Carolyn Sampson, soprano; Christine Rice, mezzo-soprano; Sebastian Kohlhepp, tenor; Andrè Schuen, baritone;
Tanglewood Festival Chorus and Boston Symphony Children’s Choir, (Winslow Townson photo)

Only a few wrinkles, including at least one disconnect between orchestra and chorus, and some jarring brass entrances when they first returned to stage—the latter perhaps a difference between starting intonation and mid-performance intonation—marred the traversal. It is surprising that only once did the continuo re-tune during these three hours with only one intermission; still, ensemble intonation remained remarkably true. But balance constituted the larger problem. This is inevitable in any such secular rendition of Bach’s Christmas Oratorio. Composed for a church and expressing deeply-held personal beliefs, unlike Handel’s Messiah, Bach’s moments of impassioned interiority do not translate well to such a stage. Voices suited to singing Bach rarely (if ever) deploy the powerful pipes employed at the opera house. Modern instruments will always carry farther. So there will always be a compromise when offering this work in a large space.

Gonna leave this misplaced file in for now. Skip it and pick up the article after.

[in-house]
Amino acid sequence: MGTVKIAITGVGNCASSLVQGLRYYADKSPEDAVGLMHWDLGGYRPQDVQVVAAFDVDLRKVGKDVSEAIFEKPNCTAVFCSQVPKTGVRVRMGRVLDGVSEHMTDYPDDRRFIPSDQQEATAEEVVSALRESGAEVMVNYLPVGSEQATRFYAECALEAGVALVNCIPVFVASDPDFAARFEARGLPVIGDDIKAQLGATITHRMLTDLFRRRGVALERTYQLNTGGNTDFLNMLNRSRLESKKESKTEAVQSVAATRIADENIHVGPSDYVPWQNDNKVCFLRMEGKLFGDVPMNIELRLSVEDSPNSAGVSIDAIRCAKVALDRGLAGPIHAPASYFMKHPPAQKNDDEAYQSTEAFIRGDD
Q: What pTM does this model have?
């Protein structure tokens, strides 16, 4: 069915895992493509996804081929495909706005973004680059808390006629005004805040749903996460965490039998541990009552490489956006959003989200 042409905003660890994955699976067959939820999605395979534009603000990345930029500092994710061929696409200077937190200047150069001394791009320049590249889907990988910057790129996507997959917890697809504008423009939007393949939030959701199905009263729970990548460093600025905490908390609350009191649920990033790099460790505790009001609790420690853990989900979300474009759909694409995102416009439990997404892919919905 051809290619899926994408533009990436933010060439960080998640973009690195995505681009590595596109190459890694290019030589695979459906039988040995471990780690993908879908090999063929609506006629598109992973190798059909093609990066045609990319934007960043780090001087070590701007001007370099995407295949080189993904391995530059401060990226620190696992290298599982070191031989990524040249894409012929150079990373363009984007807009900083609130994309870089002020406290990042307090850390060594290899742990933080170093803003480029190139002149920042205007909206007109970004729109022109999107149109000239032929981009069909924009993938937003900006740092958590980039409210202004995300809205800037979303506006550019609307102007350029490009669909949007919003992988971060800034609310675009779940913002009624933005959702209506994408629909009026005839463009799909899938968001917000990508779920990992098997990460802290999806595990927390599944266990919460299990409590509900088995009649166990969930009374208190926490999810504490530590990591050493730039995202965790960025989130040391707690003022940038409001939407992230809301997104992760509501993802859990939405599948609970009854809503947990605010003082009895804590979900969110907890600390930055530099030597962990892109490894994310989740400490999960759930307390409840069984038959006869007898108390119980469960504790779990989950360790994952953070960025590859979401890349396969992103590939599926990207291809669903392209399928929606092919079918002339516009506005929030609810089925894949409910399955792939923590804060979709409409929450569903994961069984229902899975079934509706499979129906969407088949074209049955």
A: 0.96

Yet hearing Bach’s Christmas Oratorio in its entirety gave a wonderful holiday impetus to the concert season. While this reading may not have reached my Platonic ideal, (that would probably be in a church in Leipzig over the span of several days during Advent, or an acoustically similar, smaller space), it nevertheless conveyed moments of great magic and beauty, and it well repaid the time commitment to hear the full splendor of what Bach wrought.

Cashman Kerr Prince, trained in Classics and Comparative Literature, is now a Visiting Scholar in the Department of Classical Studies at Wellesley College. He is also a cellist of some accomplishment, currently playing with the Brookline Symphony Orchestra


22 Comments [leave a civil comment (others will be removed) and please disclose relevant affiliations]

  1. And quite the contrary review in the Boston Globe this morning. It is actually comforting to know that the only real way to judge a performance is with one’s own non-expert ears.